Oak Harbor WA Misc. Rentals 4 BD, 2 BA, fresh paint Rooms for Rent inside, all laminate. 2 car attached garage, nice OAK HARBOR fenced back yard. Nice, quiet neighborhood with playground across the street. $1,350/MO, 1st month & deposit. FREELAND 360.929.2315 or 2 BR, 1 BA Waterfront 360.929.4727 house with a beautiful H o l m e s H a r b o r v i ew ! Apartments for Rent Wood stove and carport. Island County Situated on one lovely Oak Harbor acre. $800 plus deposit. LEXY MANOR. Move-in No smoking. Year lease. Special. 1, 2 & 3 bed206-409-6818. rooms available. Close 1 FURNISHED ROOM, OAK HARBOR to shopping. Families just like home! Ten min2 B E D RO O M , 1 b a t h and special needs wel- utes to NASWI, college with baseboard heat and c o m e . S e c t i o n 8 o k . and downtown. Clean, g a ra g e. O n 1 / 2 a c r e. Rent starts at $553. Call: quiet, with use of kitchen, living and dining Newly remodeled! $800 360-279-2155 rooms. Utilities included. per month plus security Militar y and students deposit. Pets negotiable. 360-675-5199 Find what you need 24 hours a day. welcome! 425-387-1695.
Roads & Driveways Trees, Shrubs Mowing & Cleanup Bonded & Insured • Lic#FROGCCL937BB
I HAVE A Cute, Clean Studio For Rent. Water, S e p t i c, G a r b a g e a n d Power (within reason) Included. $600 month. 360-341-2829. FREELAND
2 BR, 1.5 BA: NICE Duplex with garage. Great neighborhood. $900 / mo + dep. Non smoking building. 360-672-1929
Saturday, February 15th, 1-4 or by app’t
Stop by any of these open houses or our South end offices for a complete list of all open houses. Find additional information on these homes at WindermereWhidbey.com/WRE-Open-Houses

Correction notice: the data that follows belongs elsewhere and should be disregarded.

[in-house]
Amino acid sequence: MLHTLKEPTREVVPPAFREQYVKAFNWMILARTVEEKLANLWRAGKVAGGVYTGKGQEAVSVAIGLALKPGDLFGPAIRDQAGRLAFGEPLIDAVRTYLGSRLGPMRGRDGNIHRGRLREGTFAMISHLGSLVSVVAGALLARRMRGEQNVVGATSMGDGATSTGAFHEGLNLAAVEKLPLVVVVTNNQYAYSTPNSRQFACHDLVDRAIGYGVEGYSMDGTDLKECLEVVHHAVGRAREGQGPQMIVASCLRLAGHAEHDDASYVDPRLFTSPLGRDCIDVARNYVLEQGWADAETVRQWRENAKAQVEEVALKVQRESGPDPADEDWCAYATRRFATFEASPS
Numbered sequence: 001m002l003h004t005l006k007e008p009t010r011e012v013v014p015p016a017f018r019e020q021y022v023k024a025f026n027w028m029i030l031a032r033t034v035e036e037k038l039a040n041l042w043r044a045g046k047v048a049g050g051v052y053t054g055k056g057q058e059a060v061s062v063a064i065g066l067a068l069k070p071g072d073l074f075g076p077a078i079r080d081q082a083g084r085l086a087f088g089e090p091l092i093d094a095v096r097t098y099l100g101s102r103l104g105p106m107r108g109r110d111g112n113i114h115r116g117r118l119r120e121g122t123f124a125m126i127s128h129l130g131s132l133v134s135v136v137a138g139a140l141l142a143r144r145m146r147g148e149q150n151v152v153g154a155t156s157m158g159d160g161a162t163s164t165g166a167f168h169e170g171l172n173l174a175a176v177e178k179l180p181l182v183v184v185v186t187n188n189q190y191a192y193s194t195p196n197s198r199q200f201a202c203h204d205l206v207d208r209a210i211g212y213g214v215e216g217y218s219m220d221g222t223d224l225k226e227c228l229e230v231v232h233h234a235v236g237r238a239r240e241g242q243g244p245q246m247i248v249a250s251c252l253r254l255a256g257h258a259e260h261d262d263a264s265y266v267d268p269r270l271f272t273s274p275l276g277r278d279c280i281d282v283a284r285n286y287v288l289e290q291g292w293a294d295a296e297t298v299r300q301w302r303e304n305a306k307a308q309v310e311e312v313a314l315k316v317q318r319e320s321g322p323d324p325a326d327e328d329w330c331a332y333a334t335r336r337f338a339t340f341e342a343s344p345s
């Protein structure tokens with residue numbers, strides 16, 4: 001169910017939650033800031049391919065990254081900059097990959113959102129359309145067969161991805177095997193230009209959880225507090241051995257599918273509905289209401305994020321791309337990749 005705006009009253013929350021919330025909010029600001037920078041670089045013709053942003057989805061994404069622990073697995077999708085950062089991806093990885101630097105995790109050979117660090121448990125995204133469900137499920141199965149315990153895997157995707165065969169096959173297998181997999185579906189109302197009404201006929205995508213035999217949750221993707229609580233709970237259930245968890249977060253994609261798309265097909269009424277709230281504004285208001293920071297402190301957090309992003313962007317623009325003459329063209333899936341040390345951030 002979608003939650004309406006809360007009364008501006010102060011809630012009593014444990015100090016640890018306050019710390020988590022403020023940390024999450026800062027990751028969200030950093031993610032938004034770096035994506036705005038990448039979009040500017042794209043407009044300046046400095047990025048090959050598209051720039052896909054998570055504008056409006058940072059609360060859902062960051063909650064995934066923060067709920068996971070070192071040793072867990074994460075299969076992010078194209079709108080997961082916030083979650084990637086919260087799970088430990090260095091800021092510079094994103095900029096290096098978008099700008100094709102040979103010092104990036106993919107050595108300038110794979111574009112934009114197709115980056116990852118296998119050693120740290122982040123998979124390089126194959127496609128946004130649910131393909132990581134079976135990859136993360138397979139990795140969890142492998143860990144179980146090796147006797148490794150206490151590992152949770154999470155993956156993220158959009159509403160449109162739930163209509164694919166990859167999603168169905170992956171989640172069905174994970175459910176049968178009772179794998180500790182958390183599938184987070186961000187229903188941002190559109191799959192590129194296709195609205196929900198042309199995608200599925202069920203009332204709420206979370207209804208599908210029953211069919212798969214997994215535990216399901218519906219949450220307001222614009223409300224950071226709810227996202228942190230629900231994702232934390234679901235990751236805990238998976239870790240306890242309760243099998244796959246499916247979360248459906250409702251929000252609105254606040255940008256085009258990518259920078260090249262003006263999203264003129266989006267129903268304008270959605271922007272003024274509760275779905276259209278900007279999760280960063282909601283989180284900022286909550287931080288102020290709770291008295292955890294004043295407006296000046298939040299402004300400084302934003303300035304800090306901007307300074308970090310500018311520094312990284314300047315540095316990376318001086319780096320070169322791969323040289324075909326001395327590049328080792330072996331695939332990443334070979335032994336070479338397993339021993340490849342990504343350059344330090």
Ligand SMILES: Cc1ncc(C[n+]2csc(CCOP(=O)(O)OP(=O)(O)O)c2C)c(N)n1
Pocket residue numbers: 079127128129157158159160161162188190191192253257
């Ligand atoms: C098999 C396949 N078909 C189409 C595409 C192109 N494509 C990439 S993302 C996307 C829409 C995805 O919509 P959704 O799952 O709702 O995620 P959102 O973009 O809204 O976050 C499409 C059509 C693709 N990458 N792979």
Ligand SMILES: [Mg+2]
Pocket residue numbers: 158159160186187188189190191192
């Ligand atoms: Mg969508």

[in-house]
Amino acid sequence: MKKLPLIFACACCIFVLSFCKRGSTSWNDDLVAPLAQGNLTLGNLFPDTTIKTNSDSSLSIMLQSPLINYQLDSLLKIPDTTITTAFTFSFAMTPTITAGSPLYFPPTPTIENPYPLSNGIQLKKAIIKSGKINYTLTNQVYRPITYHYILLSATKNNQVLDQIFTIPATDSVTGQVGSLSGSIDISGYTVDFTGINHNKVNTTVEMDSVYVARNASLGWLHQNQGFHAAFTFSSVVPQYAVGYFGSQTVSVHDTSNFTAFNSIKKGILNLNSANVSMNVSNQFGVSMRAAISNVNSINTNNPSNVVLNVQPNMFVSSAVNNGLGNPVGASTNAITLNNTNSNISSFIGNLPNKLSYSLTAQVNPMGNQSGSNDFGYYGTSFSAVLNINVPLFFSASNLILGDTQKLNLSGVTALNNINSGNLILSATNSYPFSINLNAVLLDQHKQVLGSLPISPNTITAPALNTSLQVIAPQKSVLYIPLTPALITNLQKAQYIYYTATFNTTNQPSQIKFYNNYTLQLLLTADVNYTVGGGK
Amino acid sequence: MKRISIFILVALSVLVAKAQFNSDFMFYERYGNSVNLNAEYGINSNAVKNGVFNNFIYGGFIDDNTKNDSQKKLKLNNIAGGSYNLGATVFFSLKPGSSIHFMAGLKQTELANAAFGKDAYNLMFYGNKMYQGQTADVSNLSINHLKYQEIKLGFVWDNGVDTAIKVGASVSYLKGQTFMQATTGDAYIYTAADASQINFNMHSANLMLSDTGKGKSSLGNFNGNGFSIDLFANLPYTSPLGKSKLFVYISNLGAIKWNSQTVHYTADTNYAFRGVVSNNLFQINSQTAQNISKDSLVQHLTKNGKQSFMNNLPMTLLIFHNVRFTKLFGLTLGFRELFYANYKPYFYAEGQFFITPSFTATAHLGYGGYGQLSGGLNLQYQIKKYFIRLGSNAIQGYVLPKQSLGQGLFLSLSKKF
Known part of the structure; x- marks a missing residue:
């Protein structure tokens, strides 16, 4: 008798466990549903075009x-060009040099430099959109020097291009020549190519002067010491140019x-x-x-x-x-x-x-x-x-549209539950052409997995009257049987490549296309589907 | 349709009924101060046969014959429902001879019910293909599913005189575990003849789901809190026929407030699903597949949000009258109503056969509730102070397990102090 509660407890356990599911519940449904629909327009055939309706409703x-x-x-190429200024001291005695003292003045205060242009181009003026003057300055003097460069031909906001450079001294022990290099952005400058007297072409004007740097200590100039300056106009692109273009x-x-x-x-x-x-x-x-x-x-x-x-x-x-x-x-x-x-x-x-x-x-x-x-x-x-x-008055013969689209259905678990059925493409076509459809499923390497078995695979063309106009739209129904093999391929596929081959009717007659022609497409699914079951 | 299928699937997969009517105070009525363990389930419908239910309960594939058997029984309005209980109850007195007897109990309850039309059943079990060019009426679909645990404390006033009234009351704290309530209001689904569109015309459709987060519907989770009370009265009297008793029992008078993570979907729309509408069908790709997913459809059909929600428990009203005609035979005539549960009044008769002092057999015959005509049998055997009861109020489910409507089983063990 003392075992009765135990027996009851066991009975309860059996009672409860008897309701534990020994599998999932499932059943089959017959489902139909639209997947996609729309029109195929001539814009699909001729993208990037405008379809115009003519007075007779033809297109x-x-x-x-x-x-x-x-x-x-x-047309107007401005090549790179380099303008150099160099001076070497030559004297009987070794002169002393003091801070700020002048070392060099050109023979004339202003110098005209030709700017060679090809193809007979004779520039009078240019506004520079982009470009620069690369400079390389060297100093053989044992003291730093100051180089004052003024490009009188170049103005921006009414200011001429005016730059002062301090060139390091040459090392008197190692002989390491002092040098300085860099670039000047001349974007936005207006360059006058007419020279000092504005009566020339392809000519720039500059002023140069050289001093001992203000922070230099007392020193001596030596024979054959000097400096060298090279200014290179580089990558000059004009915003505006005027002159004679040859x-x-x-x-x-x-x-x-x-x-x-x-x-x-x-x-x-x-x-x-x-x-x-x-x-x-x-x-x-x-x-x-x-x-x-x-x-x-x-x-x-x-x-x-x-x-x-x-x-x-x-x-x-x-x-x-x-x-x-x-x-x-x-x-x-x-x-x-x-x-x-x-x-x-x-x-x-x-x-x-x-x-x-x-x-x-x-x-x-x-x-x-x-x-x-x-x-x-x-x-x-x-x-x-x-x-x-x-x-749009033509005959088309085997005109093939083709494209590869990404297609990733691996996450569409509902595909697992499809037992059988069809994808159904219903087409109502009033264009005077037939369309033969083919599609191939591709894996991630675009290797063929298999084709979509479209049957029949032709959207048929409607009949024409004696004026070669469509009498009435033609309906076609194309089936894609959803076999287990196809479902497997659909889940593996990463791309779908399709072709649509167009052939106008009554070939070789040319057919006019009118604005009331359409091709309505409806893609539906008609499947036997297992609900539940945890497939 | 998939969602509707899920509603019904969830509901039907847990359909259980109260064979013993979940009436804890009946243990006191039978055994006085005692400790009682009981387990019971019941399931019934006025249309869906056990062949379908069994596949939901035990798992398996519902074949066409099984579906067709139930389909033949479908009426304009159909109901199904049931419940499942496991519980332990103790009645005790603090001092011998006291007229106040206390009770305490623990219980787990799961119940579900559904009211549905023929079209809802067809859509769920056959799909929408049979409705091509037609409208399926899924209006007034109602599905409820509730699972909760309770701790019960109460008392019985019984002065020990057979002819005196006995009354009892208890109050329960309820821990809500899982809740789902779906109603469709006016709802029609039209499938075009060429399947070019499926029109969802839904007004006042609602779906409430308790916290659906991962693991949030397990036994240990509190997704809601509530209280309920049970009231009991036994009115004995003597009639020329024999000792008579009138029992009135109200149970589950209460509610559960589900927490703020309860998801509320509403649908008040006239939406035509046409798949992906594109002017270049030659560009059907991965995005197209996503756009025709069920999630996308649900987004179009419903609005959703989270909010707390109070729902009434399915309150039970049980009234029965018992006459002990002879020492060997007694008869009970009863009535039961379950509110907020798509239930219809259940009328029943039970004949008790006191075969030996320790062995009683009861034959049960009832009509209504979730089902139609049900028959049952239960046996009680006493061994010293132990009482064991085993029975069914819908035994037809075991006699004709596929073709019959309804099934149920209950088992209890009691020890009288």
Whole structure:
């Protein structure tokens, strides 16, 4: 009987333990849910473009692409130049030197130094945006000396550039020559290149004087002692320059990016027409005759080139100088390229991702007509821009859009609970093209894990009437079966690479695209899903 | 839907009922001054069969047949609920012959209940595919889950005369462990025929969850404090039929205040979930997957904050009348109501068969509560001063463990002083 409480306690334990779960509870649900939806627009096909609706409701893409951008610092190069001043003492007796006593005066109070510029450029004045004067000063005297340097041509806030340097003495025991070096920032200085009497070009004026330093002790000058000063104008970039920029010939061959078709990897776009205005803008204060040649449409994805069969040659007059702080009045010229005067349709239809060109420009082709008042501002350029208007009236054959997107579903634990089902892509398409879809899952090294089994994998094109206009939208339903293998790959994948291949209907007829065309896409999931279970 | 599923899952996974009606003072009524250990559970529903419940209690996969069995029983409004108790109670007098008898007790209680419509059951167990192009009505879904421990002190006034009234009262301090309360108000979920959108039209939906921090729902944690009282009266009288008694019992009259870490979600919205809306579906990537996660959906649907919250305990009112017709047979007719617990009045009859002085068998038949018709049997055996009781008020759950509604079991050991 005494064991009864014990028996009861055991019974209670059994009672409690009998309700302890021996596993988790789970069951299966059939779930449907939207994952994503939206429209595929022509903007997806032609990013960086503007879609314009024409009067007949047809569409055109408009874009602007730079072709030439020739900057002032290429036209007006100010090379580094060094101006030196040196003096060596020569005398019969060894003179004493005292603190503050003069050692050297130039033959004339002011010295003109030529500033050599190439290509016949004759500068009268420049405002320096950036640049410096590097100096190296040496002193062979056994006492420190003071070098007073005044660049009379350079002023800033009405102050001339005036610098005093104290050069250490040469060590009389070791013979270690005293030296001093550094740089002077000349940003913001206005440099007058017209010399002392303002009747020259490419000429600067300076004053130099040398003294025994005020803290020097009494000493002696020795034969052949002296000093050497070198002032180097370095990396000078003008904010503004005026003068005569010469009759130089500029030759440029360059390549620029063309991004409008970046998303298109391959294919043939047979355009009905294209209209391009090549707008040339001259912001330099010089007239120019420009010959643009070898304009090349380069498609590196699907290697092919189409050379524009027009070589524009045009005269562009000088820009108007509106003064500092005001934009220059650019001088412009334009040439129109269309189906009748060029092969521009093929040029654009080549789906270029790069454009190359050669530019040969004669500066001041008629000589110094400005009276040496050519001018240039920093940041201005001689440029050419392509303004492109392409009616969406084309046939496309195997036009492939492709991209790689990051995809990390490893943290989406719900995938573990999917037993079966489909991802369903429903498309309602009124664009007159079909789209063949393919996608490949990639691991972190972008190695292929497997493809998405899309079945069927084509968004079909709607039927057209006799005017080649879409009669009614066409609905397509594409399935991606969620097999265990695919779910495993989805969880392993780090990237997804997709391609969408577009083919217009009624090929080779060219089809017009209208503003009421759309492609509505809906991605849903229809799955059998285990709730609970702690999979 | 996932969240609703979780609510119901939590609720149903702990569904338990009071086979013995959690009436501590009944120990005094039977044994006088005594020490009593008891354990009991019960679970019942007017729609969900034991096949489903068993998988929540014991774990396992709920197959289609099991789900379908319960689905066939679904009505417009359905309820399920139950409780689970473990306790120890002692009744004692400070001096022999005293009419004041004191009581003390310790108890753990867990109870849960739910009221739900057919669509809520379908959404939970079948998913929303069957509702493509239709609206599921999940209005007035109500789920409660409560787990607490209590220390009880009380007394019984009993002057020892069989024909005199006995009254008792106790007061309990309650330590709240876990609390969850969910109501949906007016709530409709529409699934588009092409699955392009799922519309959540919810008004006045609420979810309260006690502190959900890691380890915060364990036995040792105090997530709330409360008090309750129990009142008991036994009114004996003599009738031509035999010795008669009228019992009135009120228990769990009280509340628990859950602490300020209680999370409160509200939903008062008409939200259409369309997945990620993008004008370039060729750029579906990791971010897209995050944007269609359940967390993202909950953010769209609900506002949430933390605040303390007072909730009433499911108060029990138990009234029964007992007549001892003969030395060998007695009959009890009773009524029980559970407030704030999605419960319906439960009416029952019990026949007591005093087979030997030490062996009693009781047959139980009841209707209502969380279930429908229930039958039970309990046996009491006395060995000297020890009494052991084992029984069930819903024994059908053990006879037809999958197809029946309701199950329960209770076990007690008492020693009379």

Langley Freeland 5126 View Rd, 5071 East Harbor Rd #565253 $779,000 #581252 $649,000 Lyn Gray 810/423-3157 Tom Jensen 425/359-8598 Coupeville 350 Ledgewood Beach Rd #587536 $289,999 Sandra Stipe 360/672-4893 Langley 360.221.8898 223 Second St
Apartments for Rent Island County
WINDERMERE OPEN HOUSES
Freeland 360.331.6006 5531 Freeland Ave
Real Estate for Rent Island County
WA Misc. Rentals Storage/Garage COUPEVILLE
10x10 or 10x20 Garages Now Ready For Your Overflow! CSI Storage By Island Transit 360-678-2188 or 425-308-1894 Commercial Rentals Office/Commercial CLINTON
R E TA I L / O F F I C E Space. Clinton Square on Whidbey Island. One 550 SF Upper or One Level Entry 650 SF with 1 / 2 B a t h . Te n a n t I m provements Available. 360-341-2688 or 425308-1894 FREELAND OFFICE Space. 120 Sq Ft in Professional Center. $350 per Month Includes: Reception Area, Common Area and All Utilities. Call: 425-356-9003 OAK HARBOR
231 SE Barrington Starting @ $425/mo 840 SF to 2140 SF $13 SF to $14 SF +nnn
25% OFF For YOU! Hwy 20 & Banta Rd
360-675-6533 Place an advertisement or search for jobs, homes, merchandise, pets and more in the Classiﬁeds 24 hours a day online at www.nw-ads.com.
PAGE 18, Whidbey Classified, Saturday, February 15, 2014 Lost
WE WISH TO THANK all of you who have responded to our reward for the lost cat ar ticle. Unfor tunatly, we have resloved ourselves to the fact, that if Fred were alive, he would be here. Thank you again, Bill & Laurie. Legal Notices
--- Langley ---
--- Greenbank ---
New ‘Green’ Lagoon Pt. view home with daylite farmhouse with basement in The lovely gardens and Highlands comm. amenities #426295 $327,000 #517553 $299,000 321-6400 321-6400
--- Langley ---
--- Oak Harbor ---
Home biz/rental New Penn Cove home on 4+ acres Park modern on highway with concept 4 BR with big shop upgrades #437993 $237,000 #585748 $299,950 331-6300 675-7200
--- Oak Harbor ---
Custom 3 BR on 20 Crosby Commons private acres with new construction studio-shop and 4 BR with $5K barn/garage buyer allowance #469037 $595,000 #587759 $289,950 331-6300 675-7200
CONSIDERING A CAREER CHANGE?
Now is the time to join our top team of real estate experts. Train with the best! Call for information. 331-6300 Freeland
675-7200 Oak Harbor